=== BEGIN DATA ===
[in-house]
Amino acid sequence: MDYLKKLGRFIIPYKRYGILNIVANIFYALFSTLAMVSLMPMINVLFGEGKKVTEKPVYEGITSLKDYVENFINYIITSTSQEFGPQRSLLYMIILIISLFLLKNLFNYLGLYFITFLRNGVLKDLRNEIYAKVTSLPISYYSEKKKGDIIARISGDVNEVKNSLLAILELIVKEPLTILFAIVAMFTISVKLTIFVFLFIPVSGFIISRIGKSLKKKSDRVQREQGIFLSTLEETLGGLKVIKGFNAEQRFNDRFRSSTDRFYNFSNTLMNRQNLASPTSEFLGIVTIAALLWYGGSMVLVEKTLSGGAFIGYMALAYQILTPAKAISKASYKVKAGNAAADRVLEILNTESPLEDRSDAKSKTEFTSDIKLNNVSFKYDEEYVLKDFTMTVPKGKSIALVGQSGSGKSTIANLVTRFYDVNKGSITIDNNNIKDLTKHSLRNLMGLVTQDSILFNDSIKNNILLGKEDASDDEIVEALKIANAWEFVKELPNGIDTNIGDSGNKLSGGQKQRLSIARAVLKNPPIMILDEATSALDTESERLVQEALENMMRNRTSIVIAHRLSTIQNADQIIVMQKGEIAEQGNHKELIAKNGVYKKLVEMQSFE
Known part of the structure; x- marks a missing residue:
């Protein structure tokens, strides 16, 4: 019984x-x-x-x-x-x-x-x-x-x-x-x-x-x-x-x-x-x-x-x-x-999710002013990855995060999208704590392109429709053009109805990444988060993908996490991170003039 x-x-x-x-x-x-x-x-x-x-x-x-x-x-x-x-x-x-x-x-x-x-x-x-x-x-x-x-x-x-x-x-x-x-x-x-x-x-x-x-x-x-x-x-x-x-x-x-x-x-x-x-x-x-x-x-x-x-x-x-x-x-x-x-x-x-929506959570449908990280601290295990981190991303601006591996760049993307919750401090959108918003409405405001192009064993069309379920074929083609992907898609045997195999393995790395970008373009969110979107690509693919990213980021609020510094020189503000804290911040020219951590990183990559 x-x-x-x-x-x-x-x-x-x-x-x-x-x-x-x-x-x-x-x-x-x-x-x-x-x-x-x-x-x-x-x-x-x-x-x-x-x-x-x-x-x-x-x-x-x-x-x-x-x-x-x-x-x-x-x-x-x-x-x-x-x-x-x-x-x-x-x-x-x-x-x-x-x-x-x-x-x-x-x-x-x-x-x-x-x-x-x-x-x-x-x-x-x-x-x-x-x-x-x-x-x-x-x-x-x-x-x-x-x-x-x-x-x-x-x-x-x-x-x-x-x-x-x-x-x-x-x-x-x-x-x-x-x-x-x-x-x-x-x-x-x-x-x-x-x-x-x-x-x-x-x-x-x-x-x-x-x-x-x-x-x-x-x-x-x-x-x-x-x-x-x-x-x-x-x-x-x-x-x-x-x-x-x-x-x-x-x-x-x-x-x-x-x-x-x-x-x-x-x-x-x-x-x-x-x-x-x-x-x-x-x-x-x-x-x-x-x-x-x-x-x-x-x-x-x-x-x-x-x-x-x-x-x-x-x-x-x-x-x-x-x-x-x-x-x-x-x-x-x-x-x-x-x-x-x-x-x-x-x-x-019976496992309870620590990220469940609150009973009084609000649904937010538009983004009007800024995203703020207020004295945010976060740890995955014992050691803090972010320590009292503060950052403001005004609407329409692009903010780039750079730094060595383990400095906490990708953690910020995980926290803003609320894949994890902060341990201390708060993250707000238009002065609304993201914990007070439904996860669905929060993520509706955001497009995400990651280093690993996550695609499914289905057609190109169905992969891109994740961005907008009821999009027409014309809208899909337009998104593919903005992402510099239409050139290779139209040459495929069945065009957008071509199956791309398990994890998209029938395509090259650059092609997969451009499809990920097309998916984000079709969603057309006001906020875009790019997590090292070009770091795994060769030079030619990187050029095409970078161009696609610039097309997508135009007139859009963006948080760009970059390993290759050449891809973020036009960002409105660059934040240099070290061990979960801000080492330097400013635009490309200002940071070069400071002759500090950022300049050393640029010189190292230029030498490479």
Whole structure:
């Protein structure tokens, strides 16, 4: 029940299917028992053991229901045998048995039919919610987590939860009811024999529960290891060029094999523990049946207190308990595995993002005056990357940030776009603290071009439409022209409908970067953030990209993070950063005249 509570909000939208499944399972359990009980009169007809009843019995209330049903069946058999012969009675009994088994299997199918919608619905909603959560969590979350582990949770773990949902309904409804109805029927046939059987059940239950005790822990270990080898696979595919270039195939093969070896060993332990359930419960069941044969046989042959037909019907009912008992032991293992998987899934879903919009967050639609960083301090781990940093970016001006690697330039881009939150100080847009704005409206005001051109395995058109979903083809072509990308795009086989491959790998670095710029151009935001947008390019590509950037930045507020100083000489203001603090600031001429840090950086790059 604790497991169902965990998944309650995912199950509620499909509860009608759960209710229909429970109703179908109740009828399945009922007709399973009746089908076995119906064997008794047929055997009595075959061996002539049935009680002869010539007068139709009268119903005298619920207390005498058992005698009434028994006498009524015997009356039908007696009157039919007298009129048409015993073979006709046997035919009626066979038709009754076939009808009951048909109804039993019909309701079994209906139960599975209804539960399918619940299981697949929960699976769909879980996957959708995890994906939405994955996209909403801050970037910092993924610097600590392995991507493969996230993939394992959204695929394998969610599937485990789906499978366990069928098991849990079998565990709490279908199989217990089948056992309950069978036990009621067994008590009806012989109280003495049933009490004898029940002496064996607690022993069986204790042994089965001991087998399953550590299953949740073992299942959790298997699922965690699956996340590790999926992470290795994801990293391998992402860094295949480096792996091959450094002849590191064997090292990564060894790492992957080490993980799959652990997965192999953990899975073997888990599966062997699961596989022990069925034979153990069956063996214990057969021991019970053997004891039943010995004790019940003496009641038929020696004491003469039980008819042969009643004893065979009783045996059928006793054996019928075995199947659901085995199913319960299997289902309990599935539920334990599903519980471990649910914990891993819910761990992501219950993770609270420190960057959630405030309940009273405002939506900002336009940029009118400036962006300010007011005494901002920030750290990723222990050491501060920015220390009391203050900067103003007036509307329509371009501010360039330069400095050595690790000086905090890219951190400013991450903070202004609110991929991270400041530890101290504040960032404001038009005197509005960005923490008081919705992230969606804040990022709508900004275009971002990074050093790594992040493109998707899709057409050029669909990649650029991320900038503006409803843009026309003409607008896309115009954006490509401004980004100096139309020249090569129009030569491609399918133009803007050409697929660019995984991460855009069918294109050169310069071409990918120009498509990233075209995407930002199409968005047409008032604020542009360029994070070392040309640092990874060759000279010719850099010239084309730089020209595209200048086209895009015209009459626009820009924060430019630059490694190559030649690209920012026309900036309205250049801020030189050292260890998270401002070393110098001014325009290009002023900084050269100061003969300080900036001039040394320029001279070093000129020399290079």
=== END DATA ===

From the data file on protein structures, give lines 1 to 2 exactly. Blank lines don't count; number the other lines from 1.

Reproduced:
[in-house]
Amino acid sequence: MDYLKKLGRFIIPYKRYGILNIVANIFYALFSTLAMVSLMPMINVLFGEGKKVTEKPVYEGITSLKDYVENFINYIITSTSQEFGPQRSLLYMIILIISLFLLKNLFNYLGLYFITFLRNGVLKDLRNEIYAKVTSLPISYYSEKKKGDIIARISGDVNEVKNSLLAILELIVKEPLTILFAIVAMFTISVKLTIFVFLFIPVSGFIISRIGKSLKKKSDRVQREQGIFLSTLEETLGGLKVIKGFNAEQRFNDRFRSSTDRFYNFSNTLMNRQNLASPTSEFLGIVTIAALLWYGGSMVLVEKTLSGGAFIGYMALAYQILTPAKAISKASYKVKAGNAAADRVLEILNTESPLEDRSDAKSKTEFTSDIKLNNVSFKYDEEYVLKDFTMTVPKGKSIALVGQSGSGKSTIANLVTRFYDVNKGSITIDNNNIKDLTKHSLRNLMGLVTQDSILFNDSIKNNILLGKEDASDDEIVEALKIANAWEFVKELPNGIDTNIGDSGNKLSGGQKQRLSIARAVLKNPPIMILDEATSALDTESERLVQEALENMMRNRTSIVIAHRLSTIQNADQIIVMQKGEIAEQGNHKELIAKNGVYKKLVEMQSFE